There are benefits to conducting various types of satisfaction studies, including those that survey customers, association members, vendors, and partners. We’ve often offered advice on implementing employee satisfaction research, as management often wants to know their staff’s attitudes and opinions on corporate policies, benefits, advancement opportunities, training and development options, supervisors, and the like. Certainly, this is important information to drive effective programs aimed at improving employee engagement, performance, and retention.
But, as organizations strive to continually optimize processes for improved efficiencies and performance, they often overlook an area of the business, the internal service providers. While employees in “back office” departments like legal, human resources, accounting, administrative support, and proposal development don’t typically come into direct contact with external customers, they serve others who do. In fact, the quality of service provided by these departments is critical to the performance of those on the front lines with customers, not to mention the morale of everyone in the organization.
For example, we know of one organization that has an internal legal department of six attorneys. But, it takes that department three to four weeks to produce a simple one-page vendor contract addendum, which delays the vendor starting work on time-sensitive projects. And, when marketing needs legal’s approval on an ad or direct mail program, the six in-house attorneys send it to outside counsel, who requires a minimum of two weeks and a few thousand dollars to review and provide an opinion. Needless to say, when it comes to dealing with legal, the marketing staff’s responses range from perplexed to highly frustrated and even angry.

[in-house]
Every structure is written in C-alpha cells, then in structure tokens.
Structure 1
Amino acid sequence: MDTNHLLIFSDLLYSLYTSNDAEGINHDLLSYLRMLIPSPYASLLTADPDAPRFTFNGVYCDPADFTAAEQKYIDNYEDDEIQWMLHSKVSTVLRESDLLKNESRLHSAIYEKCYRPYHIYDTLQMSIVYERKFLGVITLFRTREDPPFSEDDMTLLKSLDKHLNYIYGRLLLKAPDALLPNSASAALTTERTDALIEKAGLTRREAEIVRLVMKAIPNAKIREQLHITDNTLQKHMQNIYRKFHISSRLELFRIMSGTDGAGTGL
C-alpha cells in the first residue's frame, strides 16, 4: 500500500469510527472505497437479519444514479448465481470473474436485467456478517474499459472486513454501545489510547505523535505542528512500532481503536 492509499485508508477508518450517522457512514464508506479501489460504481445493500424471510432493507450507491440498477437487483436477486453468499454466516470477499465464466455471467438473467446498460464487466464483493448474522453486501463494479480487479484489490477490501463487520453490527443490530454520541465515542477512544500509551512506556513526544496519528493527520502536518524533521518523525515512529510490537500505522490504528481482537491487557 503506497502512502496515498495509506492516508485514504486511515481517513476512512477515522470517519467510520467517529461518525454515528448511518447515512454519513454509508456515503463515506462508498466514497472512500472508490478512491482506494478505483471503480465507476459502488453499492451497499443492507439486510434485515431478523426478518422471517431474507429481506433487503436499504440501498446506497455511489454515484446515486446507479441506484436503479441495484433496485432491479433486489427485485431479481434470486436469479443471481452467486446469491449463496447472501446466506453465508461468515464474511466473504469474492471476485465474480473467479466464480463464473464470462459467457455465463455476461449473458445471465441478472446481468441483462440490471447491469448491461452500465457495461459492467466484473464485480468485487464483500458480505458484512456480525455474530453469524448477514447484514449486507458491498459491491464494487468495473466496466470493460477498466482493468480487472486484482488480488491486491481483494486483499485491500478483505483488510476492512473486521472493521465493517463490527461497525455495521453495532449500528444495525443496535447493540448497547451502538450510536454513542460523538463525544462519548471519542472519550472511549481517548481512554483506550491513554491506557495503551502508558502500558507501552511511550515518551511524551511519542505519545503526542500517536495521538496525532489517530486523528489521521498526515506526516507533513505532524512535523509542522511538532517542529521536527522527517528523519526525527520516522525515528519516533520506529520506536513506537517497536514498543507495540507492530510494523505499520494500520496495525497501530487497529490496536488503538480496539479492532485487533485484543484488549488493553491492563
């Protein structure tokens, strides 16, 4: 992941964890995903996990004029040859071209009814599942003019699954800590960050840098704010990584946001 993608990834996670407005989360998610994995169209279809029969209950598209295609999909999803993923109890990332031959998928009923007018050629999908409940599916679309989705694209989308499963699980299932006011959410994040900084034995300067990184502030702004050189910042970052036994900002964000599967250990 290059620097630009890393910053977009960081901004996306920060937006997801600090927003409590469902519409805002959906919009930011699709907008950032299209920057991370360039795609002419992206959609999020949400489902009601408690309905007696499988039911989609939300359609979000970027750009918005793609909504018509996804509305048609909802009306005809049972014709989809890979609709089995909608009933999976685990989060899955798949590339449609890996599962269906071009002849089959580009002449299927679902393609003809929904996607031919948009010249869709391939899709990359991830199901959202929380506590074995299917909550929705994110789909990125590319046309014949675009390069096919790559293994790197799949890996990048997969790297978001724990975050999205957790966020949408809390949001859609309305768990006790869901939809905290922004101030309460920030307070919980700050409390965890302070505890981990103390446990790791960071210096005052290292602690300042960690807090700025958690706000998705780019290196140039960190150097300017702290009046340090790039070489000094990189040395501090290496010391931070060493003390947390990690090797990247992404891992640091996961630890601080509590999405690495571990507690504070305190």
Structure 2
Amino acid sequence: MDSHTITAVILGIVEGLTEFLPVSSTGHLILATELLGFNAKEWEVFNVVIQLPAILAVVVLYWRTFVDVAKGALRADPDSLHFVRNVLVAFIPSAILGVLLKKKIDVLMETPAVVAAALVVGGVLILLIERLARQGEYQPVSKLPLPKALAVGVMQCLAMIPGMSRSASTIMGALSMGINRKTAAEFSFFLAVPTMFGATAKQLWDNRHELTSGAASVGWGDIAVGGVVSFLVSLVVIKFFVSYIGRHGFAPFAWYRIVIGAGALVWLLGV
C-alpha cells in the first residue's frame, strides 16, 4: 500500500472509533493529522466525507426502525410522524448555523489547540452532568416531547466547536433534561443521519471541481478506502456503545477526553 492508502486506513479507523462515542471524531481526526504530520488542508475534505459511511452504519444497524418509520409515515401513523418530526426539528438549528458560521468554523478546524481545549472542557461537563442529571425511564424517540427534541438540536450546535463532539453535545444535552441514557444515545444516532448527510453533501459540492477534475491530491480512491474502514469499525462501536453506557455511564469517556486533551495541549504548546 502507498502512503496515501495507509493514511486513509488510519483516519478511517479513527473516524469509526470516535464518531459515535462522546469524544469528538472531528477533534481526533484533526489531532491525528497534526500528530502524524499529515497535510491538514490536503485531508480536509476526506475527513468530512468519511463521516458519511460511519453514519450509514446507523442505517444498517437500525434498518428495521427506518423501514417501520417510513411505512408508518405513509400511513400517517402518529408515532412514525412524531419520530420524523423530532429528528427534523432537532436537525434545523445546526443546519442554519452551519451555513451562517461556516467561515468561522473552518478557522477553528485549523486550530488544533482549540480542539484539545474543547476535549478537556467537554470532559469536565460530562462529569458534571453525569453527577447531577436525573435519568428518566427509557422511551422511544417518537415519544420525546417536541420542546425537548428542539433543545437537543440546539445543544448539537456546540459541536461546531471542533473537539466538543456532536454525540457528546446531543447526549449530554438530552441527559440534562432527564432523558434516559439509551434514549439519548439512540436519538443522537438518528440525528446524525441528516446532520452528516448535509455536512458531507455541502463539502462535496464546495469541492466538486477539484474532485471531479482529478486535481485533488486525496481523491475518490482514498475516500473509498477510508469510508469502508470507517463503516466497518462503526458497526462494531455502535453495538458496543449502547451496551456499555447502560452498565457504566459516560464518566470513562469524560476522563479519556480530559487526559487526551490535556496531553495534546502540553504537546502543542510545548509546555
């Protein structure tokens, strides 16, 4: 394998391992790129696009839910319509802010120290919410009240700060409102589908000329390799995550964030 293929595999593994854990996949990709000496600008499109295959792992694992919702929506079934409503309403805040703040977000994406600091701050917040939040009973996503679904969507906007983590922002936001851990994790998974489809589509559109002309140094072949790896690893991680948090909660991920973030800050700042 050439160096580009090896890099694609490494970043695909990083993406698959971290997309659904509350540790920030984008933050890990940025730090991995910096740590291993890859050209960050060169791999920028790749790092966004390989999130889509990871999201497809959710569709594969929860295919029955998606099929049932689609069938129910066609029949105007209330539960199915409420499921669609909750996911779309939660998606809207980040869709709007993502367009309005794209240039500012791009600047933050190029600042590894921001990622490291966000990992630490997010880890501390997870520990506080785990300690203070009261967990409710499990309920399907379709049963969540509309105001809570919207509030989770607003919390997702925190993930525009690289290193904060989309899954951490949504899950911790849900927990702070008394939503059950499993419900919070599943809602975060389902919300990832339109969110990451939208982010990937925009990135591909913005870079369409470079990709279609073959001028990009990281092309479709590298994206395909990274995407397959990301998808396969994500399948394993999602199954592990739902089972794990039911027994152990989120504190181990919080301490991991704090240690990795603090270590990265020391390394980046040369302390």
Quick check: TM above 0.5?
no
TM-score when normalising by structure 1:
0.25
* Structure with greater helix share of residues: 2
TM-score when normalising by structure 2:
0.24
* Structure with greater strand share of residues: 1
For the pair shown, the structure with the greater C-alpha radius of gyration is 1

An internal customer satisfaction survey would shed light on the issues in this particular legal department and provide insights on how to correct them. Utilizing a different structure and set of questions than general employee satisfaction surveys, internal customer satisfaction surveys are carefully designed to uncover internal service providers’ specific strengths and weaknesses in areas such as process and staff efficiency levels, communication effectiveness, technology or system obstacles, responsiveness, professionalism, and more.
The findings reveal the true needs of the internal “customers” and whether or not those needs are being met. If and when necessary, management can then convene with those departments hindered with problems to identify and implement corrective actions. In fact, some organizations form cross-functional teams, who use the survey results to develop improvement recommendations for management’s review.
Market Connections typically designs and implements internal customer satisfaction studies as online surveys. Of course, all responses are anonymous. And, like other employee surveys, the response rate is usually very high, typically between 75 and 90%.
If you suspect your organization may have room for improvements within its back-office departments, seriously consider engaging an experienced research firm to uncover insights into the problems and potential solutions.